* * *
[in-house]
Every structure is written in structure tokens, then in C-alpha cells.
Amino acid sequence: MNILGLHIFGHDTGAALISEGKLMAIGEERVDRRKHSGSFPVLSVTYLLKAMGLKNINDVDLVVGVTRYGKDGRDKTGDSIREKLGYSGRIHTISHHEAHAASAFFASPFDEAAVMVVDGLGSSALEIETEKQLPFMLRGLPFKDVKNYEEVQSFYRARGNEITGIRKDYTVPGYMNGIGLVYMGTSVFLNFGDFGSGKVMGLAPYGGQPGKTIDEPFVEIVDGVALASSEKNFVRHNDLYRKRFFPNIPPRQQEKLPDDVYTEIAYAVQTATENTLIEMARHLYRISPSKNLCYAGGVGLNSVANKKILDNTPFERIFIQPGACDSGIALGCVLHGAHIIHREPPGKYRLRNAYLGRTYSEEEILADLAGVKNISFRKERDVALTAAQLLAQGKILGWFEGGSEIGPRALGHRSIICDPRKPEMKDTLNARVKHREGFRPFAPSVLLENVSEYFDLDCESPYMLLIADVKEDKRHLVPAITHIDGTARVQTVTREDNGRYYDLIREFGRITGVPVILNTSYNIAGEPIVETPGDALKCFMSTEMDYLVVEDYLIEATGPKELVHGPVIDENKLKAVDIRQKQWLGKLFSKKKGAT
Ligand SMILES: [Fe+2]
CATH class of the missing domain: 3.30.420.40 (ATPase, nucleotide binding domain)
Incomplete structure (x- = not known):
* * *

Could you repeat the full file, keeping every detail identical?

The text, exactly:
[in-house]
Every structure is written in structure tokens, then in C-alpha cells.
Amino acid sequence: MNILGLHIFGHDTGAALISEGKLMAIGEERVDRRKHSGSFPVLSVTYLLKAMGLKNINDVDLVVGVTRYGKDGRDKTGDSIREKLGYSGRIHTISHHEAHAASAFFASPFDEAAVMVVDGLGSSALEIETEKQLPFMLRGLPFKDVKNYEEVQSFYRARGNEITGIRKDYTVPGYMNGIGLVYMGTSVFLNFGDFGSGKVMGLAPYGGQPGKTIDEPFVEIVDGVALASSEKNFVRHNDLYRKRFFPNIPPRQQEKLPDDVYTEIAYAVQTATENTLIEMARHLYRISPSKNLCYAGGVGLNSVANKKILDNTPFERIFIQPGACDSGIALGCVLHGAHIIHREPPGKYRLRNAYLGRTYSEEEILADLAGVKNISFRKERDVALTAAQLLAQGKILGWFEGGSEIGPRALGHRSIICDPRKPEMKDTLNARVKHREGFRPFAPSVLLENVSEYFDLDCESPYMLLIADVKEDKRHLVPAITHIDGTARVQTVTREDNGRYYDLIREFGRITGVPVILNTSYNIAGEPIVETPGDALKCFMSTEMDYLVVEDYLIEATGPKELVHGPVIDENKLKAVDIRQKQWLGKLFSKKKGAT
Ligand SMILES: [Fe+2]
CATH class of the missing domain: 3.30.420.40 (ATPase, nucleotide binding domain)
Incomplete structure (x- = not known):